This isn’t what I was going to write about today. I was planning to pontificate about the structuring of non-fiction and how issues that you had no idea even existed can leap up and bite you hard enough to draw blood, like the contents list.
Today I was/am supposed to be creating a contents list. I have done something, although it doesn’t look like the model contents list I was sent, and that depresses me.
So I went to make a blackberry and apple sponge instead, for three reasons:
1. It’s comfort food
2. I have the ingredients to hand (picked kilos of blackberries at the plot yesterday)
3. I want to use the recipe in the book.
And in making the sponge, which is a small whale of a sponge (like a cetacean of average size if sponge puddings were sea creatures) I found my hands cradling this dish. It’s old, kitsch and not at all elegant. It’s big, which is one reason I still have it, but there’s another reason. It’s Malcolm’s mother’s Pyrex.
Once we were homeless. Sounds like the beginning of a story, doesn’t it? But it wasn’t a story, it was bitter and real and sordid. Our baby son was a day old when a supposed friend told us that if we brought the baby back into her home, she ‘wouldn’t be responsible for her actions’. We’d been staying with her while we tried to find a place to live, on returning from Europe, but London in 1992 was not a good place to try finding a flat when one of you is nine months pregnant and both of you are unemployed.
So I was kept in hospital until a place was found for us in a hostel. The hostel housed people who locked each other out of rooms, with the locker-in screaming abuse through the keyhole while the locked-out attempted breaking in with fire axes or car jacks. Our baby son had to have an emergency stomach operation and the ambulance men refused to come up the drive because the place had such a bad reputation.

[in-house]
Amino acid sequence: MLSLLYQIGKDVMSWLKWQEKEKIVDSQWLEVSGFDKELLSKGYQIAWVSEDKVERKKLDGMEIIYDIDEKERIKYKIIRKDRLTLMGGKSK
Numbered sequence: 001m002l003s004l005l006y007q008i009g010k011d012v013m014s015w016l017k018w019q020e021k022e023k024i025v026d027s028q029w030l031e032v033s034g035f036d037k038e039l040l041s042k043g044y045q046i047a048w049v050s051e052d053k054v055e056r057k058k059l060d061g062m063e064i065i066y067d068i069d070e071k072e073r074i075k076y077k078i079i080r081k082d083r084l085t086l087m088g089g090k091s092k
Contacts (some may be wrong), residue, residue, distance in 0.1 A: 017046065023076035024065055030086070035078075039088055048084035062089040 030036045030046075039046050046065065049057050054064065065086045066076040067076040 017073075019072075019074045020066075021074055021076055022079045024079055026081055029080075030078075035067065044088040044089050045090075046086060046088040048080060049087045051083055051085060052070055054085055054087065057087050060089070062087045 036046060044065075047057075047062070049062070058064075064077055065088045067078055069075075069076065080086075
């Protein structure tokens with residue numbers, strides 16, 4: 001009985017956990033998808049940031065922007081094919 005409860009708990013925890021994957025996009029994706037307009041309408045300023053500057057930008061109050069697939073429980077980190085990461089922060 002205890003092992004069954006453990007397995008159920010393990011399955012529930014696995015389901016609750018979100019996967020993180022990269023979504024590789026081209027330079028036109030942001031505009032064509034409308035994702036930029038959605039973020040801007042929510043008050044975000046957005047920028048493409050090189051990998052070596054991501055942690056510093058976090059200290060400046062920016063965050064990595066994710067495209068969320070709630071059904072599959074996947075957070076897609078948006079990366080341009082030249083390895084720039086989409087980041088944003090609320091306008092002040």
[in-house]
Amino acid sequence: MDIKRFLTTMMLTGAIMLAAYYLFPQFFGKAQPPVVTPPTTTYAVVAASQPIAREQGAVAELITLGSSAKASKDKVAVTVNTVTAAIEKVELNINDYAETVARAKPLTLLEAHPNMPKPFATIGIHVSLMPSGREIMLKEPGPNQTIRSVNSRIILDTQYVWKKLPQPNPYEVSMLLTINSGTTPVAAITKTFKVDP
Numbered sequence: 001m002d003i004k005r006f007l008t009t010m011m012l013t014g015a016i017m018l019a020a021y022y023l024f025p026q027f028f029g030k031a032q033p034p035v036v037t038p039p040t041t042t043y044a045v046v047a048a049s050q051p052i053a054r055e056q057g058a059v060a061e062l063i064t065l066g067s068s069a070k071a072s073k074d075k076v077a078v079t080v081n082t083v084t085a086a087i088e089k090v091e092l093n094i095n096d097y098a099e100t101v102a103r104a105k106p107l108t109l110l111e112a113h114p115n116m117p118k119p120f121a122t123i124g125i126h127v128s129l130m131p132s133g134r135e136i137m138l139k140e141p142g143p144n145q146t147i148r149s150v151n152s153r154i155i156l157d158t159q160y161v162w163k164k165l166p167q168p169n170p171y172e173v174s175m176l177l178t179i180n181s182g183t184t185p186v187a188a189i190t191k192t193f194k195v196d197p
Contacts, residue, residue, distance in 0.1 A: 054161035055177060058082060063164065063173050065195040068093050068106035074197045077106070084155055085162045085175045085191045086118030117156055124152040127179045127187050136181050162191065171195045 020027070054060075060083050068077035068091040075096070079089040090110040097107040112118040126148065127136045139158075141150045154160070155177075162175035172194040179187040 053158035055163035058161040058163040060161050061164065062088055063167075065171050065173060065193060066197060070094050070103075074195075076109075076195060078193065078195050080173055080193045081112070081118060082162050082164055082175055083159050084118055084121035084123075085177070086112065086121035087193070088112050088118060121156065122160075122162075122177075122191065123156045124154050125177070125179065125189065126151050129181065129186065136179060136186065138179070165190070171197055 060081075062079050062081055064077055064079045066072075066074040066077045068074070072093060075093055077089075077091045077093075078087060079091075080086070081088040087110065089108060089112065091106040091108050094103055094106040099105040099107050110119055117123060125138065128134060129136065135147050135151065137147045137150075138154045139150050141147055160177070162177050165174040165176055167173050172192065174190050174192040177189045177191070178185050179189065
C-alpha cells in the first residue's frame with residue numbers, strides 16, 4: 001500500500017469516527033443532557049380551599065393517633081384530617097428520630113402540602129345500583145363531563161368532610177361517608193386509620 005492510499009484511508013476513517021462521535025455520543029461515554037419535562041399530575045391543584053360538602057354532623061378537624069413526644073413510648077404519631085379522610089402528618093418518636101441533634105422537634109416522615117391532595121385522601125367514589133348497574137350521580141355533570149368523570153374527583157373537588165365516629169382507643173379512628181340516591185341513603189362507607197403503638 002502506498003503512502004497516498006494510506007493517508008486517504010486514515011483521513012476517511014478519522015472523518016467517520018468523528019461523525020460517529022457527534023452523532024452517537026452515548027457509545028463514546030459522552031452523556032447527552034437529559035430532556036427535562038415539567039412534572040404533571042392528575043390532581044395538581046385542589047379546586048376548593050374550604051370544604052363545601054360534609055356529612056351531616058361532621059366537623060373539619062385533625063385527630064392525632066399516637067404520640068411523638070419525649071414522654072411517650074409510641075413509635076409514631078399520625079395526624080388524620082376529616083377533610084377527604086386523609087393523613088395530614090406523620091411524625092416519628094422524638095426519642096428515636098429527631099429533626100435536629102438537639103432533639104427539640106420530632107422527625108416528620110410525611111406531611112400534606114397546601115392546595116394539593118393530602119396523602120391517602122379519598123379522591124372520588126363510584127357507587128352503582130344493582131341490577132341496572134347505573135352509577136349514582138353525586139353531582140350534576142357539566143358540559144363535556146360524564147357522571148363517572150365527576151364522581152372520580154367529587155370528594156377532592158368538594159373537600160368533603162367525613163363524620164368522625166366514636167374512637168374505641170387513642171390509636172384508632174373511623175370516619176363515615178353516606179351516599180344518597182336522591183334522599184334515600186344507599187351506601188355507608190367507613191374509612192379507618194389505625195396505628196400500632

Malcolm was the friend of a friend and he let us live in his natal home. His parents had both died, and their terraced ex-council house in Dagenham became our nest. We tore down the wallpaper and ripped up the carpets and made it our home for a year.
That was probably insensitive of us. I don’t know how Malcolm felt about us destroying the (literal) fabric of his life – I do know he never said a word. We dug the garden over and I planted everything I could afford. Our baby son grew fat and happy and we acquired a kitten who’d been dumped.
I got a job. A good job. We moved to a house of our own, half the size of Malcolm’s, but in Tooting, which was as much as we could afford then. We were on our way to being normal people again.
But I took Malcolm’s mother’s Pyrex with me. To remind me that once I was homeless…
Once a virtual stranger gave us the chance to put ourselves back together and I hope our lives have in some way repaid his generosity. We lost touch with Malcolm – I think that was probably a necessary part of the process: how could I bear to be in contact with somebody who’d seen us in that extremity of vulnerability and need? Now I’d love to hear from Malcolm again, because the wounds have healed and anyway, I was never ashamed of homelessness, just of my own inability to be properly gracious in thanks.
And I still think of that house whenever I make a blackberry and apple sponge.